Brett Eldredge Shares His Blueprint for Having a ‘Good Day,’ and the Mental Health Struggles That Led Him There

Brett Eldredge; Photo by Greg Noire
Brett Eldredge; Photo by Greg Noire
Brett Eldredge; Photo by Greg Noire

Brett Eldredge’s July 2020 album, Sunday Drive, charts the singer’s personal, vulnerable story through a period of intense self-reflection. In it, Eldredge confronts his mental health struggles and grapples with feelings of anxiety and insecurity. And while the newest single off the project, “Good Day,” might seem too upbeat to fit in with those themes, it’s one of the most honest songs on the project, chronicling how Eldredge learned to aim for a positive outlook each day despite an outside world full of stress and challenges.

“The decision to wake up and say, ‘I’m gonna have a good day regardless of what’s thrown at me’ was a big lesson for myself to learn,” the singer reflects to Country Now and other outlets. “Because I can find a lot of things to be negative about.

“…I’ve had weeks of rough days, or just kind of down periods,” Eldredge admits, going on to say that keeping healthy routines helps him overcome those difficult times. “Focusing on sleep has been huge, as somebody that’s a recovering insomniac. There was a point in my life where I was sleeping maybe an hour a night.”

The process of writing the song, the singer continues, was an exercise in stepping outside of his comfort zone. His co-writers were Daniel Tashian and Ian Fitzchuk, who he knew well — they also produced Sunday Drive — but “Good Day” was the first song the three men ever sat down to write together.

“It was our first day to ever write [together], and I was so excited, but I didn’t know what it was gonna be like. And it was just such an incredible experience,” Eldredge remembers. “It was a totally different style of writing than I was used to, in a way. Daniel was sitting on the floor cutting out cardboard paper and story-boarding the lyrics we were writing, in very strange-looking ways. But it made me think in different ways.”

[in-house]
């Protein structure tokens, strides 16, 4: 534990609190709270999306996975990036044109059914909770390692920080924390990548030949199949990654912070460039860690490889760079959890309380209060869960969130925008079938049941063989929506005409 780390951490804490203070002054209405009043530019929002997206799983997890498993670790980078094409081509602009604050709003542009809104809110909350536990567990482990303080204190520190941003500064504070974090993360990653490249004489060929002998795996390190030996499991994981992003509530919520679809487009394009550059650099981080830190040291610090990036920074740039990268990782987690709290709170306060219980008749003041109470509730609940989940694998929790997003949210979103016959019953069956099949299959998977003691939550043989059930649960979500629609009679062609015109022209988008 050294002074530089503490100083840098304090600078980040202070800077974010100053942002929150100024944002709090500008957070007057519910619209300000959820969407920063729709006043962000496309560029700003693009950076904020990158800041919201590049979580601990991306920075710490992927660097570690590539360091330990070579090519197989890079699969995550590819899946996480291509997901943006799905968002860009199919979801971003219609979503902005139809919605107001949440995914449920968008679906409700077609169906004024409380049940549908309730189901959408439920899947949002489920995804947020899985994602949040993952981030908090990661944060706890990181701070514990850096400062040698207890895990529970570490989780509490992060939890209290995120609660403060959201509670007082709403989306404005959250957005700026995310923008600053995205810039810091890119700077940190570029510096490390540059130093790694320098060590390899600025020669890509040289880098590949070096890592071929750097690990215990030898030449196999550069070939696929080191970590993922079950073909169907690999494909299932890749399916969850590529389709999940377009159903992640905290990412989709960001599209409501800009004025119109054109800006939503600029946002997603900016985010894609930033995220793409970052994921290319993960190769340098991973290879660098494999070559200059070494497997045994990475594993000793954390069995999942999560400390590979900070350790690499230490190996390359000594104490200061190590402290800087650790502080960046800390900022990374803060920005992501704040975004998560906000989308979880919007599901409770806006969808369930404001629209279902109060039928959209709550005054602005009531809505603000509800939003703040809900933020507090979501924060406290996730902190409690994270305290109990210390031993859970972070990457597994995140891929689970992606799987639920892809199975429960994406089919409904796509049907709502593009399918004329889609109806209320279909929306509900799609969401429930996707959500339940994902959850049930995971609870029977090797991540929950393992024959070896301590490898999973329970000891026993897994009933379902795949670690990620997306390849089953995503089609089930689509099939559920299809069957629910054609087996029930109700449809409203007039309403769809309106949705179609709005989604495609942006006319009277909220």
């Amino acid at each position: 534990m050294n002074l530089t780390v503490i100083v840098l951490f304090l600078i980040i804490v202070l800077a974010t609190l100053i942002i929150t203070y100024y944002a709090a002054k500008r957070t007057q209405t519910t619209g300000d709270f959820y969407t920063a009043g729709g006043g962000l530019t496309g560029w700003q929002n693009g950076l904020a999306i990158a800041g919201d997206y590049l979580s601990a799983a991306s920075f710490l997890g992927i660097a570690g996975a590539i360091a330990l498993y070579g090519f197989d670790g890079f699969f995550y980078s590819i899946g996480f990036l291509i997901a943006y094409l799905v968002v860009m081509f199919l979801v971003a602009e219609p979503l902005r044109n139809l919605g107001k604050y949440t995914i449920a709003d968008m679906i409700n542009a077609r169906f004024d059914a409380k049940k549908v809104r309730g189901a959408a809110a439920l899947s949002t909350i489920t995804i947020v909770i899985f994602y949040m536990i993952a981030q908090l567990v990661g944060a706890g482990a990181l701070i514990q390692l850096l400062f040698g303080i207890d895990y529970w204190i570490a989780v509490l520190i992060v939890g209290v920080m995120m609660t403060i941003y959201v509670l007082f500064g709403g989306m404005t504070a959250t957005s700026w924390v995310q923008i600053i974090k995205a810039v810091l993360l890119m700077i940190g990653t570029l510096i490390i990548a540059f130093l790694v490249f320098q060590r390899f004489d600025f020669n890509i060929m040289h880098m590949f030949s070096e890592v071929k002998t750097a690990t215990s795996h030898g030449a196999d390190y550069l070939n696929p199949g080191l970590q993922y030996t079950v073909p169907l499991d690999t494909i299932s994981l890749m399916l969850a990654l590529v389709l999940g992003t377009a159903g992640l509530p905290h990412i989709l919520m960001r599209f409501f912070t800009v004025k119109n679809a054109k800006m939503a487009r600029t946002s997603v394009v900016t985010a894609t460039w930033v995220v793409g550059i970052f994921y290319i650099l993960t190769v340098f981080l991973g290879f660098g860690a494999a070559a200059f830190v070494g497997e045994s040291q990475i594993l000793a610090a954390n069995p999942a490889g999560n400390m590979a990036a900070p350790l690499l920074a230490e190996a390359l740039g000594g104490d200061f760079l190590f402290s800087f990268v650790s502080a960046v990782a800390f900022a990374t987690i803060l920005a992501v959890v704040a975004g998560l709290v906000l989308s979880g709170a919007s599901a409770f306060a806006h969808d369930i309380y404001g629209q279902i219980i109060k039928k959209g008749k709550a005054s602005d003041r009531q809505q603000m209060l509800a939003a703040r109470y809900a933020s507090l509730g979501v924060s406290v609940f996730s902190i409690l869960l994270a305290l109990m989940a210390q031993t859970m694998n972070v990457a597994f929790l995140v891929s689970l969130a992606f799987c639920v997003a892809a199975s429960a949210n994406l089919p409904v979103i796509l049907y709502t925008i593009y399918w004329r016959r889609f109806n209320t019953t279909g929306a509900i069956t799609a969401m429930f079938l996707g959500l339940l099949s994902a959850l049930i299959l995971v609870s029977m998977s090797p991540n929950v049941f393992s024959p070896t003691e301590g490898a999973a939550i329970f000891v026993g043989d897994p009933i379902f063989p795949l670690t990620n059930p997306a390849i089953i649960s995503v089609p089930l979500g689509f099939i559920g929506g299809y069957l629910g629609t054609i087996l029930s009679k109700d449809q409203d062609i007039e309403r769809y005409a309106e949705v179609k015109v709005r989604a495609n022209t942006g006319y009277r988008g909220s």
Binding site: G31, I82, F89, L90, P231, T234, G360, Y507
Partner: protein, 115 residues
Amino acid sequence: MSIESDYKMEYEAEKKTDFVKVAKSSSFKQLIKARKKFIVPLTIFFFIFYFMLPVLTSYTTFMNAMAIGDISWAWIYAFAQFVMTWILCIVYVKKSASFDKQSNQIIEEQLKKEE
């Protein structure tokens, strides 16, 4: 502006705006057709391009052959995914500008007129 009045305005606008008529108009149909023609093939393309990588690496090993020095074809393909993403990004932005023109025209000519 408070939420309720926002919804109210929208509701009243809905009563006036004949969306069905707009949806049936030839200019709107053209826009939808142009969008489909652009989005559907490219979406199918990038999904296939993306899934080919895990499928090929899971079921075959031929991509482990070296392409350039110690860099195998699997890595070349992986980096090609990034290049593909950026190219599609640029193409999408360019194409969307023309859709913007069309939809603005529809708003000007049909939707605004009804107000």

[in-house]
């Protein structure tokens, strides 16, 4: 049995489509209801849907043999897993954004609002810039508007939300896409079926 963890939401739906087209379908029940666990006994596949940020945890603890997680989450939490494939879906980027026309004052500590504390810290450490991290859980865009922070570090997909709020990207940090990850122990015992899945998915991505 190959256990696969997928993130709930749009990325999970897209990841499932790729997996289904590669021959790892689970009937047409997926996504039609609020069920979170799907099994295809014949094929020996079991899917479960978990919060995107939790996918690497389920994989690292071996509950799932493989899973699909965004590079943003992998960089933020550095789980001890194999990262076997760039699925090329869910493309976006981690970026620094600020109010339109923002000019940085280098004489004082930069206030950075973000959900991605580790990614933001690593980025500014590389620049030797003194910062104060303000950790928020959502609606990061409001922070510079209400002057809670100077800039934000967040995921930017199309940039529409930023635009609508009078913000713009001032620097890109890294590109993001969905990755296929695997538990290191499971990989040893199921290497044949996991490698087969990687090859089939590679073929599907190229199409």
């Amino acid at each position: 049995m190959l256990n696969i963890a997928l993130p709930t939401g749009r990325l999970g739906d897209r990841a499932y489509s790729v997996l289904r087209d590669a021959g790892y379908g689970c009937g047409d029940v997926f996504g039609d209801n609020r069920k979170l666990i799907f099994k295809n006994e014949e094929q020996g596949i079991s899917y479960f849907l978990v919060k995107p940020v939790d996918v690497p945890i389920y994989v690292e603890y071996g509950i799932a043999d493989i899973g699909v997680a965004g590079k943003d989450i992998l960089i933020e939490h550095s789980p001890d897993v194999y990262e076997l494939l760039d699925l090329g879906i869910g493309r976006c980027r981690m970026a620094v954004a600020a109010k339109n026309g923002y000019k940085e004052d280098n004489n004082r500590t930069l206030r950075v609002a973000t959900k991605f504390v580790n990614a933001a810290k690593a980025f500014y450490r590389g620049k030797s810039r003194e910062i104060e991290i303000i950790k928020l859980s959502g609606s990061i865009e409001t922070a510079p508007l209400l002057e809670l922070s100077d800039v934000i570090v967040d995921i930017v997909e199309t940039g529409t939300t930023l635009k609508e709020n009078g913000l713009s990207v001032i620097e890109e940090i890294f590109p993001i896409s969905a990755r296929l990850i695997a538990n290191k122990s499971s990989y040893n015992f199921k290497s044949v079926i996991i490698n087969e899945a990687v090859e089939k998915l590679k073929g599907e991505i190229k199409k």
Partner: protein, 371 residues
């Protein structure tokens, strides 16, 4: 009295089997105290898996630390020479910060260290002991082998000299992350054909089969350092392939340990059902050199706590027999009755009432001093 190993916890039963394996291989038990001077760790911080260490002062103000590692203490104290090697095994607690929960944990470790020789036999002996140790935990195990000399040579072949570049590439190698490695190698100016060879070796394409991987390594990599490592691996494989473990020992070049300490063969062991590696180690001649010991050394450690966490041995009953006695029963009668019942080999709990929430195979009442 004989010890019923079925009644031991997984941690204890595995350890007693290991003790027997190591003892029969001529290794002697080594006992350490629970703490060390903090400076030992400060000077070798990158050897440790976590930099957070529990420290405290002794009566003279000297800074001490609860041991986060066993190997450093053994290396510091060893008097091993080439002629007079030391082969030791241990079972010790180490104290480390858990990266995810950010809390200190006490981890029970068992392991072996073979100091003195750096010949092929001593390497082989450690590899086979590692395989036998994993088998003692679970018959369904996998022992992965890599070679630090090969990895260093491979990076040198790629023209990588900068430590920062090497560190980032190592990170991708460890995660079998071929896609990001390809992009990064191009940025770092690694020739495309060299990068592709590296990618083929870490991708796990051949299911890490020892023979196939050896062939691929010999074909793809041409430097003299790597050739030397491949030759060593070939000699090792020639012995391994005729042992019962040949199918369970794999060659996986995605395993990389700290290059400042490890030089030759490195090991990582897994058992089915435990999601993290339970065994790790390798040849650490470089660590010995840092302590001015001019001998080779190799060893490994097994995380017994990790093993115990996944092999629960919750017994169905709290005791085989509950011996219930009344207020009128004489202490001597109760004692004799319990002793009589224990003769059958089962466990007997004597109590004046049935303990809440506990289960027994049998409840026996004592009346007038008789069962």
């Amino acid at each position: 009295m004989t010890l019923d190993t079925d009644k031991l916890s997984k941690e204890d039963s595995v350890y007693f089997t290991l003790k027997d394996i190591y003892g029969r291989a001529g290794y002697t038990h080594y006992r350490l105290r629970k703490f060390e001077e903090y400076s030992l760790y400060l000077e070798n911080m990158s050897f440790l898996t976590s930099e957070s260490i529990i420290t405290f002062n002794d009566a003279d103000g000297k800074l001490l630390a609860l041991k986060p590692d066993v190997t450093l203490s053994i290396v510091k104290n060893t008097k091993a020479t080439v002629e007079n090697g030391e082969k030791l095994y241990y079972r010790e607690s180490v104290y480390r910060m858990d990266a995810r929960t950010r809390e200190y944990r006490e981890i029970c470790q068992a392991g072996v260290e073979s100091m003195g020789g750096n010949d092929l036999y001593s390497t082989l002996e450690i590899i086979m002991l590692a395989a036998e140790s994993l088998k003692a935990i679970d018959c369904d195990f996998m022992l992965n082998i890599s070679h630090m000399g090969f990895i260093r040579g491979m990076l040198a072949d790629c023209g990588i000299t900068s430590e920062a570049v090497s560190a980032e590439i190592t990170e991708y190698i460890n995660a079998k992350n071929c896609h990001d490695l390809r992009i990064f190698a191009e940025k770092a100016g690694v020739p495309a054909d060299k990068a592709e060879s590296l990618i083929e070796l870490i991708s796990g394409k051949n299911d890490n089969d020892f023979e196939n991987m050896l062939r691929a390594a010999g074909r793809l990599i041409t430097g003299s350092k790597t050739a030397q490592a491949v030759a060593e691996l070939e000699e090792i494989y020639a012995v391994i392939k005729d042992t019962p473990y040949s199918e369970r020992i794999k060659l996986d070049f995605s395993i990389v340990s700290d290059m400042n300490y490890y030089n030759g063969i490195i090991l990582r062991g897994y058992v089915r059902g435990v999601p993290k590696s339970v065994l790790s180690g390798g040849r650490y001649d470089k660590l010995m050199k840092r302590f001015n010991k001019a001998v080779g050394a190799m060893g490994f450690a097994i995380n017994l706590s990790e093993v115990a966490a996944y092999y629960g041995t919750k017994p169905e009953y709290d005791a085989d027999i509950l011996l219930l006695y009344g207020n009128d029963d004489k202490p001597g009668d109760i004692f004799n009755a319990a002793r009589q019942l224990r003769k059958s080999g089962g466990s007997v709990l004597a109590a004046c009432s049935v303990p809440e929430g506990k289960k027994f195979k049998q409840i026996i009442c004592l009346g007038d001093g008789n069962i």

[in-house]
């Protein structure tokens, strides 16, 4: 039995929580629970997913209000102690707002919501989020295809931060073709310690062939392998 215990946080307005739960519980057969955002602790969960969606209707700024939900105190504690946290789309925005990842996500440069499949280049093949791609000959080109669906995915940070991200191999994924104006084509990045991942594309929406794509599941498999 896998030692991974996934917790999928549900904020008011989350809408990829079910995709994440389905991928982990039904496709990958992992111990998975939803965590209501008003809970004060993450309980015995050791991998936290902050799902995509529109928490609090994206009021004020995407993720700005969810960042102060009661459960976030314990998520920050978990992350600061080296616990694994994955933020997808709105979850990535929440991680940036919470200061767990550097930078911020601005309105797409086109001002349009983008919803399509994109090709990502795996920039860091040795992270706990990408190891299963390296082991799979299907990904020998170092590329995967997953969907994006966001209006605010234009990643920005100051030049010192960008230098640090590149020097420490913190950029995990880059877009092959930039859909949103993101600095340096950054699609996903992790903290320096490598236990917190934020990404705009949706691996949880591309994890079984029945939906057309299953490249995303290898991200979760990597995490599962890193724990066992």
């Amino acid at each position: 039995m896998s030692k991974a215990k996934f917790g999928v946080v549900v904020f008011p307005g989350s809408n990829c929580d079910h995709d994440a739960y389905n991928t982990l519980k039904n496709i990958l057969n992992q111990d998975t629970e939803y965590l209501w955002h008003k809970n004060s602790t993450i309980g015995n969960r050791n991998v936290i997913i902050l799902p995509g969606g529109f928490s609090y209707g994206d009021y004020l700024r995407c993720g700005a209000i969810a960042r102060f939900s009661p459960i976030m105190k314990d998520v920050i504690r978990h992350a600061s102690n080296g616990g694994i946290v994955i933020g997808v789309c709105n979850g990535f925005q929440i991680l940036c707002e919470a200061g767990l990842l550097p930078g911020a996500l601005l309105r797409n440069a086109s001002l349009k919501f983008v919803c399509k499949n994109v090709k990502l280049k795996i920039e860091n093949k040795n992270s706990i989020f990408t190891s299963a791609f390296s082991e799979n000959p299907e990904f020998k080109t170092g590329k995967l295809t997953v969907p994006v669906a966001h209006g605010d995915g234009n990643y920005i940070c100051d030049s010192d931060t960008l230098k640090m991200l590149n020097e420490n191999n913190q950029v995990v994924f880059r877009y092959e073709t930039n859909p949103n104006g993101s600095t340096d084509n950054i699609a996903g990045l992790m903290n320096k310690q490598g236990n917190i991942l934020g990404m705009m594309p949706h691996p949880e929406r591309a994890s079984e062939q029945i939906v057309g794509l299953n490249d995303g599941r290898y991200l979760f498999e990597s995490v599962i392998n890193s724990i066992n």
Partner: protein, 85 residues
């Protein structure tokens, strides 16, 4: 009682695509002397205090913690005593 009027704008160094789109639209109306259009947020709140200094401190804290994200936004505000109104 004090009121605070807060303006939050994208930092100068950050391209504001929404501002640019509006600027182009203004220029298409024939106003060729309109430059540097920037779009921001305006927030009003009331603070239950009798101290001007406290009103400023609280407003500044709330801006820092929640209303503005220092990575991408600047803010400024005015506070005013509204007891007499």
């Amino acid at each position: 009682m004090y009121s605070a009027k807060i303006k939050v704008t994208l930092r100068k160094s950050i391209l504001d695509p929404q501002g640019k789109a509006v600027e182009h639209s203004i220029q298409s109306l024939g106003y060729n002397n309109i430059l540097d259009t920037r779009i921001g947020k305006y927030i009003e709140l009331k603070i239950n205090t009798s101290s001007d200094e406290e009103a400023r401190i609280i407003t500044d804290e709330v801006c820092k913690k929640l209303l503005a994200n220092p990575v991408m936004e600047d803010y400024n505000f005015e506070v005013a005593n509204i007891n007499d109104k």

The lyrics they were writing — a message of being optimistic about every day, even if it’s “42 [degrees], cold and rainy” — were stripped right from Eldredge’s personal mindset at the time.

“I needed to find that good-feeling song that was more than just a good-feeling song,” he explains. “It’s an intention. I’m making this choice to turn my life around, in a way, just [with] today. Just by this moment.”

Eldredge has long been vocal about the importance of destigmatizing conversations around mental health, and he hopes that making “Good Day” his next radio single will help contribute to normalizing the mental health struggles that, to a greater or lesser extent, everyone faces at some point.

“I wanna open others to the idea of…sharing their feelings and emotions. That’s all it is. We’re all going through things,” the singer continues. “It’s all about how we deal with that, and how if you’re gonna sit there with it on your own, in your own head and not connect — it’s a bad place to be. I’ve been there, and I don’t want people to go through that. Speaking out about that has helped me grow, and it’s helped me cope. It’s helped me learn how many people are actually going through that, which is ultimately everyone, in different degrees.”

As for his ultimate “Good Day”? Eldredge says it would probably include getting outdoors to hike or bike, ideally in Switzerland.

“That’s my number one spot. Switzerland is my favorite place, and I would be riding a bike in the mountains in Switzerland,” he says. “But since I’ve got the hills of Tennessee, I’ll settle with that.”

After all, “Good Day”’s message isn’t about ideal days, it’s about finding happiness in your everyday surroundings. “I think that a perfect day would just be connecting with family, reaching out to them and knowing that they’re alright,” Eldredge reflects. “That’s a good day for me.”

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